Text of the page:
We stress test gaming desktops by running the Metro Exodus benchmark 15 consecutive times on RTX settings to simulate half an hour of gaming. During the test, the Vengeance i7500’s Core i9-14900K averaged 5.6 GHz on its P-cores and 4.3 GHz on its E-cores. The average CPU package temperature was 48.7 degrees Celsius. The GeForce RTX 4090’s core clock averaged 2,622 MHz and its average temperature was 49 C.

I noticed little fan noise from the Vengeance i7500 throughout our testing. It proved hard to hear even in a quiet room at idle. The fans increased in RPM while gaming, but not to a degree that interrupted me from using open headphones a few feet away.

Productivity Performance on the Corsair Vengeance i7500 

The Vengeance i7500 we’re reviewing has a Core i9-14900K processor, 64GB of DDR5-6000 dual-channel RAM, and a 2TB PCI Express 4.0 SSD. Even the most demanding tasks shouldn’t phase this desktop; it’s a multitasker’s dream with so much memory.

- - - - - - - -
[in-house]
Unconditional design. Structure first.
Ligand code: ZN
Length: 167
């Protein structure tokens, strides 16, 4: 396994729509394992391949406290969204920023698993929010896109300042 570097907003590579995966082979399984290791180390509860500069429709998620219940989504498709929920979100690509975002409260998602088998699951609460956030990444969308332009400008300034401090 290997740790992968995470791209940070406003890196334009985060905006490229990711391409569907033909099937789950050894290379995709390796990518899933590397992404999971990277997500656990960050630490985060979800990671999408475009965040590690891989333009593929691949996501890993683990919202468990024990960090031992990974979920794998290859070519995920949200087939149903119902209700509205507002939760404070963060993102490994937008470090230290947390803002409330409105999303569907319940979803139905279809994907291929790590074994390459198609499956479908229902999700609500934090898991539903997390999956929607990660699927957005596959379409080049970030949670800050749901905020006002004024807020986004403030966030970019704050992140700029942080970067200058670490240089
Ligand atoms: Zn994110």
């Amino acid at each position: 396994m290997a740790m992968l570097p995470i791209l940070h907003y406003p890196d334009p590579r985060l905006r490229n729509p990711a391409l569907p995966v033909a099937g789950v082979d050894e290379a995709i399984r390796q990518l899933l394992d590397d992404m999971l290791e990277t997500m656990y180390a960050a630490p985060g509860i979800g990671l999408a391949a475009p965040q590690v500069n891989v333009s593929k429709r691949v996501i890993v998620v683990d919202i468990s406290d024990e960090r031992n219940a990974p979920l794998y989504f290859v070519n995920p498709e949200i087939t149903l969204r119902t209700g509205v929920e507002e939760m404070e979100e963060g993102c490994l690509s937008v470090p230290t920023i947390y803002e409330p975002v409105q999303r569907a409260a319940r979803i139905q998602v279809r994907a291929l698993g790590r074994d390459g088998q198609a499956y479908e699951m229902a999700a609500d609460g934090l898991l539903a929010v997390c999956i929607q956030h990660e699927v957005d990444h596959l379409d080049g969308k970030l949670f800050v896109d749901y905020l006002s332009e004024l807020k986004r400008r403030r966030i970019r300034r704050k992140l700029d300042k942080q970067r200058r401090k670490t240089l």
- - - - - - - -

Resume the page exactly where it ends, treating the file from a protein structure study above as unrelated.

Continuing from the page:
The Core i9-14900K brought the Vengeance i7500 to the top of the charts in the cross-platform Geekbench 6 CPU test, with 2,988 points in single-core and 21,145 points in multi-core. The Alienware was close in single-core (2,910 points) but couldn’t keep up in multi-core (18,933 points). The Legion wasn’t too far back from the Alienware (2,870 in single-core and 18,156 in multi-core).

The Handbrake video transcoding test told a similar story, where the Vengeance i7500 finished in just 2 minutes and 10 seconds. The Legion was very close (2:18), the Alienware slipped into third (2:21), and the MSI brought up the rear (2:45).

Last, the Vengeance i7500 finished mid-pack in our 25GB file transfer test, completing the test at 1,774.47 MBps to just trail the MSI (1,802.66 MBps), but it couldn’t catch the Alienware (1,923.65 MBps). The Legion was the slowest (1,152.26 MBps).

Corsair Vengeance i7500 Configurations